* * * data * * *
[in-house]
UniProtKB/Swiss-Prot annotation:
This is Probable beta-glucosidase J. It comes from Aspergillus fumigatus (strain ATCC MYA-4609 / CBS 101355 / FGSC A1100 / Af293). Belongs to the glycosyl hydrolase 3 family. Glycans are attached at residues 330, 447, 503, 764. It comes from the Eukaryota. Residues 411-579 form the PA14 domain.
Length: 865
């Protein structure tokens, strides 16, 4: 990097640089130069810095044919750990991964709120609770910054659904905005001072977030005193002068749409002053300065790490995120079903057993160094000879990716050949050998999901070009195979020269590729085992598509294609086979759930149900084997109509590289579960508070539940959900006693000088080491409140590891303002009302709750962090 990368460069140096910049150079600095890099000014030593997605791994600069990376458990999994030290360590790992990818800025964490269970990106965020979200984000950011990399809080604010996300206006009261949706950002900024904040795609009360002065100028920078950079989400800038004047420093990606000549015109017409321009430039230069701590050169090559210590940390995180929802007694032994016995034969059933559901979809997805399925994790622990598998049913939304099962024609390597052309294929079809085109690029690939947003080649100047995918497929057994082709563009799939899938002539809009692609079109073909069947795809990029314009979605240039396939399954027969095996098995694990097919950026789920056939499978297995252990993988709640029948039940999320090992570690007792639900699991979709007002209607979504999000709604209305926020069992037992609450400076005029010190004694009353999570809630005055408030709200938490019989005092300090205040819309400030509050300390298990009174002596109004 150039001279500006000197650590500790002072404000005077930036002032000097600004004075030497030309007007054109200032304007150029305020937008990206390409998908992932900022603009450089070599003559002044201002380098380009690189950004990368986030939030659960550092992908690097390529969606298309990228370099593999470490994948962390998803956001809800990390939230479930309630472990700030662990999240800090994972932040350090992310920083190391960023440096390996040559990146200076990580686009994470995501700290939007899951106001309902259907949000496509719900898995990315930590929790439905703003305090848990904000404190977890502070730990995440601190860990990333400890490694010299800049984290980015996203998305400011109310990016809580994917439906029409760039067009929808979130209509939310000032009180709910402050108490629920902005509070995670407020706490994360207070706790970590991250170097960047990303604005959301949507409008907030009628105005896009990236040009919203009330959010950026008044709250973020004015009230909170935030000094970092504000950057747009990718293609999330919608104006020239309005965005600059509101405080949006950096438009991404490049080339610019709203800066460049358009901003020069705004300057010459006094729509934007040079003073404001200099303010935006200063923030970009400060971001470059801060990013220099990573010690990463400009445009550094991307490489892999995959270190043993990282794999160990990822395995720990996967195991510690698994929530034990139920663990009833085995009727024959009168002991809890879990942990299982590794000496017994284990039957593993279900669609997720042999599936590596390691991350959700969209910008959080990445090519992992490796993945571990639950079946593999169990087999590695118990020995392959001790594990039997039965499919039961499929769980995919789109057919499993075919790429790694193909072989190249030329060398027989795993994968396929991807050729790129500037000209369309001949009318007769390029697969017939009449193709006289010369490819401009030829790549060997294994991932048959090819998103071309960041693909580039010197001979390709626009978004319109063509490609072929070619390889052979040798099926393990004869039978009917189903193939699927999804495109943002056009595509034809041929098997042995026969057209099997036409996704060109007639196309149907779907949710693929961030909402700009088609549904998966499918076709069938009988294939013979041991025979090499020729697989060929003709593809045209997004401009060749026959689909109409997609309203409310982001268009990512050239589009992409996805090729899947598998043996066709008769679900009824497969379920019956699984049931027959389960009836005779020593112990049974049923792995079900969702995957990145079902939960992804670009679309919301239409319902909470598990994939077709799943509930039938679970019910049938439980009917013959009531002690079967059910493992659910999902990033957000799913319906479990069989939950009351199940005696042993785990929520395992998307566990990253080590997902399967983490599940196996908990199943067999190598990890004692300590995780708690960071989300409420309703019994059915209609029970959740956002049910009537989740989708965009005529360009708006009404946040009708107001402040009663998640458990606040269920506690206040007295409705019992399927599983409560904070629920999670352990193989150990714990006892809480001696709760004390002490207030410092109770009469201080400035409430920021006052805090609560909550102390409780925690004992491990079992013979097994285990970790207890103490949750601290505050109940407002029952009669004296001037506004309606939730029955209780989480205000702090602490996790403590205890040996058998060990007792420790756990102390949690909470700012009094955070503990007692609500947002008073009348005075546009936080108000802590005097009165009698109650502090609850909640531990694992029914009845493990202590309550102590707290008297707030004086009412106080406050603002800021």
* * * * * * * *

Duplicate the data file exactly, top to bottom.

[in-house]
UniProtKB/Swiss-Prot annotation:
This is Probable beta-glucosidase J. It comes from Aspergillus fumigatus (strain ATCC MYA-4609 / CBS 101355 / FGSC A1100 / Af293). Belongs to the glycosyl hydrolase 3 family. Glycans are attached at residues 330, 447, 503, 764. It comes from the Eukaryota. Residues 411-579 form the PA14 domain.
Length: 865
């Protein structure tokens, strides 16, 4: 990097640089130069810095044919750990991964709120609770910054659904905005001072977030005193002068749409002053300065790490995120079903057993160094000879990716050949050998999901070009195979020269590729085992598509294609086979759930149900084997109509590289579960508070539940959900006693000088080491409140590891303002009302709750962090 990368460069140096910049150079600095890099000014030593997605791994600069990376458990999994030290360590790992990818800025964490269970990106965020979200984000950011990399809080604010996300206006009261949706950002900024904040795609009360002065100028920078950079989400800038004047420093990606000549015109017409321009430039230069701590050169090559210590940390995180929802007694032994016995034969059933559901979809997805399925994790622990598998049913939304099962024609390597052309294929079809085109690029690939947003080649100047995918497929057994082709563009799939899938002539809009692609079109073909069947795809990029314009979605240039396939399954027969095996098995694990097919950026789920056939499978297995252990993988709640029948039940999320090992570690007792639900699991979709007002209607979504999000709604209305926020069992037992609450400076005029010190004694009353999570809630005055408030709200938490019989005092300090205040819309400030509050300390298990009174002596109004 150039001279500006000197650590500790002072404000005077930036002032000097600004004075030497030309007007054109200032304007150029305020937008990206390409998908992932900022603009450089070599003559002044201002380098380009690189950004990368986030939030659960550092992908690097390529969606298309990228370099593999470490994948962390998803956001809800990390939230479930309630472990700030662990999240800090994972932040350090992310920083190391960023440096390996040559990146200076990580686009994470995501700290939007899951106001309902259907949000496509719900898995990315930590929790439905703003305090848990904000404190977890502070730990995440601190860990990333400890490694010299800049984290980015996203998305400011109310990016809580994917439906029409760039067009929808979130209509939310000032009180709910402050108490629920902005509070995670407020706490994360207070706790970590991250170097960047990303604005959301949507409008907030009628105005896009990236040009919203009330959010950026008044709250973020004015009230909170935030000094970092504000950057747009990718293609999330919608104006020239309005965005600059509101405080949006950096438009991404490049080339610019709203800066460049358009901003020069705004300057010459006094729509934007040079003073404001200099303010935006200063923030970009400060971001470059801060990013220099990573010690990463400009445009550094991307490489892999995959270190043993990282794999160990990822395995720990996967195991510690698994929530034990139920663990009833085995009727024959009168002991809890879990942990299982590794000496017994284990039957593993279900669609997720042999599936590596390691991350959700969209910008959080990445090519992992490796993945571990639950079946593999169990087999590695118990020995392959001790594990039997039965499919039961499929769980995919789109057919499993075919790429790694193909072989190249030329060398027989795993994968396929991807050729790129500037000209369309001949009318007769390029697969017939009449193709006289010369490819401009030829790549060997294994991932048959090819998103071309960041693909580039010197001979390709626009978004319109063509490609072929070619390889052979040798099926393990004869039978009917189903193939699927999804495109943002056009595509034809041929098997042995026969057209099997036409996704060109007639196309149907779907949710693929961030909402700009088609549904998966499918076709069938009988294939013979041991025979090499020729697989060929003709593809045209997004401009060749026959689909109409997609309203409310982001268009990512050239589009992409996805090729899947598998043996066709008769679900009824497969379920019956699984049931027959389960009836005779020593112990049974049923792995079900969702995957990145079902939960992804670009679309919301239409319902909470598990994939077709799943509930039938679970019910049938439980009917013959009531002690079967059910493992659910999902990033957000799913319906479990069989939950009351199940005696042993785990929520395992998307566990990253080590997902399967983490599940196996908990199943067999190598990890004692300590995780708690960071989300409420309703019994059915209609029970959740956002049910009537989740989708965009005529360009708006009404946040009708107001402040009663998640458990606040269920506690206040007295409705019992399927599983409560904070629920999670352990193989150990714990006892809480001696709760004390002490207030410092109770009469201080400035409430920021006052805090609560909550102390409780925690004992491990079992013979097994285990970790207890103490949750601290505050109940407002029952009669004296001037506004309606939730029955209780989480205000702090602490996790403590205890040996058998060990007792420790756990102390949690909470700012009094955070503990007692609500947002008073009348005075546009936080108000802590005097009165009698109650502090609850909640531990694992029914009845493990202590309550102590707290008297707030004086009412106080406050603002800021």